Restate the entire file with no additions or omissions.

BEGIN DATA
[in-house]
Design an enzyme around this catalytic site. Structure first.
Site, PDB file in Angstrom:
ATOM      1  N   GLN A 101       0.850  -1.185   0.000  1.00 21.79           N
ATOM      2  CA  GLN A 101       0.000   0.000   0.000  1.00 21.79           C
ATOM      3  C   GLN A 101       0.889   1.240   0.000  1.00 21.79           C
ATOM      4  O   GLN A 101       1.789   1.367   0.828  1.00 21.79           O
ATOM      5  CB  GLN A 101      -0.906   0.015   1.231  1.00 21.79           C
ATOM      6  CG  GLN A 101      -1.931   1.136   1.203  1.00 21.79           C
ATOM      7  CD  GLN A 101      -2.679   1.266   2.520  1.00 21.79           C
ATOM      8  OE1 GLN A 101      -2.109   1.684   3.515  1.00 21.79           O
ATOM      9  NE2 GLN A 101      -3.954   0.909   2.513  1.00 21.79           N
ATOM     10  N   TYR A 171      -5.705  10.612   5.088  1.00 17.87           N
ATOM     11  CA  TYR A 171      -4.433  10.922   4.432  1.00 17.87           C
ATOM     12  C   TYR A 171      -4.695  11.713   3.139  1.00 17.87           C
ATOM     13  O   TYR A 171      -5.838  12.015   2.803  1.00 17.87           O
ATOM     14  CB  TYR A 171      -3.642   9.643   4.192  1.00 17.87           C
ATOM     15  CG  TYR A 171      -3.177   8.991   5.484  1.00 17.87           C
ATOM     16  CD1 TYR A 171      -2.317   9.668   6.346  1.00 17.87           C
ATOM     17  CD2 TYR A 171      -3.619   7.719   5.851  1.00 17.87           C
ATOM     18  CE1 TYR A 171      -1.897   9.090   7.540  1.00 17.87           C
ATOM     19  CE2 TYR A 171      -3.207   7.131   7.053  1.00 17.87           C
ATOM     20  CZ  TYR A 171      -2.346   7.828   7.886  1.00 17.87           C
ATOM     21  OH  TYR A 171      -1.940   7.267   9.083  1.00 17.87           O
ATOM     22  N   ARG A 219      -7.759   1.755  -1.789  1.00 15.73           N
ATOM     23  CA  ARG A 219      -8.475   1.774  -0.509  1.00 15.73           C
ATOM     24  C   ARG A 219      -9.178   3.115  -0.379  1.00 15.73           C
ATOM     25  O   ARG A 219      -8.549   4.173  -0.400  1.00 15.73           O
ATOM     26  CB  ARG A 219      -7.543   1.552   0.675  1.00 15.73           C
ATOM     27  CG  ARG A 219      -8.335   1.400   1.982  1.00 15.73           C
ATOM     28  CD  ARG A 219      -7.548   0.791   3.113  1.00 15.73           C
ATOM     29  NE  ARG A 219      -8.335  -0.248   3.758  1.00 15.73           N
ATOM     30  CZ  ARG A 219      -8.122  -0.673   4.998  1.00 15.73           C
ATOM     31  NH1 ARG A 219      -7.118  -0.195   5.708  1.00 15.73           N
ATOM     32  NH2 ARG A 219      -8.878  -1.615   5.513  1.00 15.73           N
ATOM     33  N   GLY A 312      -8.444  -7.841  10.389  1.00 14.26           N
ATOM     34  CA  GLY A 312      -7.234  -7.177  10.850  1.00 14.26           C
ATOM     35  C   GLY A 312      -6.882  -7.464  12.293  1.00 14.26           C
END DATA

[in-house]
Design an enzyme around this catalytic site. Structure first.
Site, PDB file in Angstrom:
ATOM      1  N   GLN A 101       0.850  -1.185   0.000  1.00 21.79           N
ATOM      2  CA  GLN A 101       0.000   0.000   0.000  1.00 21.79           C
ATOM      3  C   GLN A 101       0.889   1.240   0.000  1.00 21.79           C
ATOM      4  O   GLN A 101       1.789   1.367   0.828  1.00 21.79           O
ATOM      5  CB  GLN A 101      -0.906   0.015   1.231  1.00 21.79           C
ATOM      6  CG  GLN A 101      -1.931   1.136   1.203  1.00 21.79           C
ATOM      7  CD  GLN A 101      -2.679   1.266   2.520  1.00 21.79           C
ATOM      8  OE1 GLN A 101      -2.109   1.684   3.515  1.00 21.79           O
ATOM      9  NE2 GLN A 101      -3.954   0.909   2.513  1.00 21.79           N
ATOM     10  N   TYR A 171      -5.705  10.612   5.088  1.00 17.87           N
ATOM     11  CA  TYR A 171      -4.433  10.922   4.432  1.00 17.87           C
ATOM     12  C   TYR A 171      -4.695  11.713   3.139  1.00 17.87           C
ATOM     13  O   TYR A 171      -5.838  12.015   2.803  1.00 17.87           O
ATOM     14  CB  TYR A 171      -3.642   9.643   4.192  1.00 17.87           C
ATOM     15  CG  TYR A 171      -3.177   8.991   5.484  1.00 17.87           C
ATOM     16  CD1 TYR A 171      -2.317   9.668   6.346  1.00 17.87           C
ATOM     17  CD2 TYR A 171      -3.619   7.719   5.851  1.00 17.87           C
ATOM     18  CE1 TYR A 171      -1.897   9.090   7.540  1.00 17.87           C
ATOM     19  CE2 TYR A 171      -3.207   7.131   7.053  1.00 17.87           C
ATOM     20  CZ  TYR A 171      -2.346   7.828   7.886  1.00 17.87           C
ATOM     21  OH  TYR A 171      -1.940   7.267   9.083  1.00 17.87           O
ATOM     22  N   ARG A 219      -7.759   1.755  -1.789  1.00 15.73           N
ATOM     23  CA  ARG A 219      -8.475   1.774  -0.509  1.00 15.73           C
ATOM     24  C   ARG A 219      -9.178   3.115  -0.379  1.00 15.73           C
ATOM     25  O   ARG A 219      -8.549   4.173  -0.400  1.00 15.73           O
ATOM     26  CB  ARG A 219      -7.543   1.552   0.675  1.00 15.73           C
ATOM     27  CG  ARG A 219      -8.335   1.400   1.982  1.00 15.73           C
ATOM     28  CD  ARG A 219      -7.548   0.791   3.113  1.00 15.73           C
ATOM     29  NE  ARG A 219      -8.335  -0.248   3.758  1.00 15.73           N
ATOM     30  CZ  ARG A 219      -8.122  -0.673   4.998  1.00 15.73           C
ATOM     31  NH1 ARG A 219      -7.118  -0.195   5.708  1.00 15.73           N
ATOM     32  NH2 ARG A 219      -8.878  -1.615   5.513  1.00 15.73           N
ATOM     33  N   GLY A 312      -8.444  -7.841  10.389  1.00 14.26           N
ATOM     34  CA  GLY A 312      -7.234  -7.177  10.850  1.00 14.26           C
ATOM     35  C   GLY A 312      -6.882  -7.464  12.293  1.00 14.26           C